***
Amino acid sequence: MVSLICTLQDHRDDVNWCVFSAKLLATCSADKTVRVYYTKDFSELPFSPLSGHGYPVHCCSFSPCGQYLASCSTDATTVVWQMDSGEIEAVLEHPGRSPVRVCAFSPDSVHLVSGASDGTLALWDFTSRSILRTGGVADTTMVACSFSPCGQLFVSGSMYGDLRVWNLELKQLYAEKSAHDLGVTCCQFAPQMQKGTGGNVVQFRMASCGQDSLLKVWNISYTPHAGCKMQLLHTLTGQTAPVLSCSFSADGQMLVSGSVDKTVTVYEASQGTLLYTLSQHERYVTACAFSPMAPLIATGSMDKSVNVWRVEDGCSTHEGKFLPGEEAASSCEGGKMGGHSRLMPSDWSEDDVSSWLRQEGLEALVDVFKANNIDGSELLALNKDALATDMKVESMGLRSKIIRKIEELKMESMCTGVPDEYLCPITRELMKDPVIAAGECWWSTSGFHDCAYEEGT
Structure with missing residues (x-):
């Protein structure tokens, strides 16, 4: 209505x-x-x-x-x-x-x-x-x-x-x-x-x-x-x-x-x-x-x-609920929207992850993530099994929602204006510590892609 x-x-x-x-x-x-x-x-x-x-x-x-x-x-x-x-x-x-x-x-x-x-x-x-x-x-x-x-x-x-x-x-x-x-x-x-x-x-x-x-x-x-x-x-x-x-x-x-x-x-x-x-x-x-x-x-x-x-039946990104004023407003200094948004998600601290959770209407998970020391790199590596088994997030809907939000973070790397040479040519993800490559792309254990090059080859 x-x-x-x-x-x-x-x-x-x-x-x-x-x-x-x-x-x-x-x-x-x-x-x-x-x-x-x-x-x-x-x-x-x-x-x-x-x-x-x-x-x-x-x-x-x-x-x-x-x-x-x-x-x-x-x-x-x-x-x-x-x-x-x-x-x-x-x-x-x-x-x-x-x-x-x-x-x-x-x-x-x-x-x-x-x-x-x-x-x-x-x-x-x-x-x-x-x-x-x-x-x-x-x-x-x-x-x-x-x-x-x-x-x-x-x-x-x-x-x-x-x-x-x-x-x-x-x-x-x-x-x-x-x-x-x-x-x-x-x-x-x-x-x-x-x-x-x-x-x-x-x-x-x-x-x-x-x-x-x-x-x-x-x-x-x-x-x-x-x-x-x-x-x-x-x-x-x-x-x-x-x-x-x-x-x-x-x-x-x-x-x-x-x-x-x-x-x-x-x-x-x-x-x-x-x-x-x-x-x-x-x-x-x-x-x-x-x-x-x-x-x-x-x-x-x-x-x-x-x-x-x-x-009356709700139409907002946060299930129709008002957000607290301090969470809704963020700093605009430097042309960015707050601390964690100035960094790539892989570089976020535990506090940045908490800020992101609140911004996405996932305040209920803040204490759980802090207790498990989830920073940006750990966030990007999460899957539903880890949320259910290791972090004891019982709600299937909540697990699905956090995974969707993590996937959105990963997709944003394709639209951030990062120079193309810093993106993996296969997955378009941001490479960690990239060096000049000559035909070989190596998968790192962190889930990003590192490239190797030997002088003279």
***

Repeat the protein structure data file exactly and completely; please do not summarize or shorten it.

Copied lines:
Amino acid sequence: MVSLICTLQDHRDDVNWCVFSAKLLATCSADKTVRVYYTKDFSELPFSPLSGHGYPVHCCSFSPCGQYLASCSTDATTVVWQMDSGEIEAVLEHPGRSPVRVCAFSPDSVHLVSGASDGTLALWDFTSRSILRTGGVADTTMVACSFSPCGQLFVSGSMYGDLRVWNLELKQLYAEKSAHDLGVTCCQFAPQMQKGTGGNVVQFRMASCGQDSLLKVWNISYTPHAGCKMQLLHTLTGQTAPVLSCSFSADGQMLVSGSVDKTVTVYEASQGTLLYTLSQHERYVTACAFSPMAPLIATGSMDKSVNVWRVEDGCSTHEGKFLPGEEAASSCEGGKMGGHSRLMPSDWSEDDVSSWLRQEGLEALVDVFKANNIDGSELLALNKDALATDMKVESMGLRSKIIRKIEELKMESMCTGVPDEYLCPITRELMKDPVIAAGECWWSTSGFHDCAYEEGT
Structure with missing residues (x-):
């Protein structure tokens, strides 16, 4: 209505x-x-x-x-x-x-x-x-x-x-x-x-x-x-x-x-x-x-x-609920929207992850993530099994929602204006510590892609 x-x-x-x-x-x-x-x-x-x-x-x-x-x-x-x-x-x-x-x-x-x-x-x-x-x-x-x-x-x-x-x-x-x-x-x-x-x-x-x-x-x-x-x-x-x-x-x-x-x-x-x-x-x-x-x-x-x-039946990104004023407003200094948004998600601290959770209407998970020391790199590596088994997030809907939000973070790397040479040519993800490559792309254990090059080859 x-x-x-x-x-x-x-x-x-x-x-x-x-x-x-x-x-x-x-x-x-x-x-x-x-x-x-x-x-x-x-x-x-x-x-x-x-x-x-x-x-x-x-x-x-x-x-x-x-x-x-x-x-x-x-x-x-x-x-x-x-x-x-x-x-x-x-x-x-x-x-x-x-x-x-x-x-x-x-x-x-x-x-x-x-x-x-x-x-x-x-x-x-x-x-x-x-x-x-x-x-x-x-x-x-x-x-x-x-x-x-x-x-x-x-x-x-x-x-x-x-x-x-x-x-x-x-x-x-x-x-x-x-x-x-x-x-x-x-x-x-x-x-x-x-x-x-x-x-x-x-x-x-x-x-x-x-x-x-x-x-x-x-x-x-x-x-x-x-x-x-x-x-x-x-x-x-x-x-x-x-x-x-x-x-x-x-x-x-x-x-x-x-x-x-x-x-x-x-x-x-x-x-x-x-x-x-x-x-x-x-x-x-x-x-x-x-x-x-x-x-x-x-x-x-x-x-x-x-x-x-x-x-009356709700139409907002946060299930129709008002957000607290301090969470809704963020700093605009430097042309960015707050601390964690100035960094790539892989570089976020535990506090940045908490800020992101609140911004996405996932305040209920803040204490759980802090207790498990989830920073940006750990966030990007999460899957539903880890949320259910290791972090004891019982709600299937909540697990699905956090995974969707993590996937959105990963997709944003394709639209951030990062120079193309810093993106993996296969997955378009941001490479960690990239060096000049000559035909070989190596998968790192962190889930990003590192490239190797030997002088003279």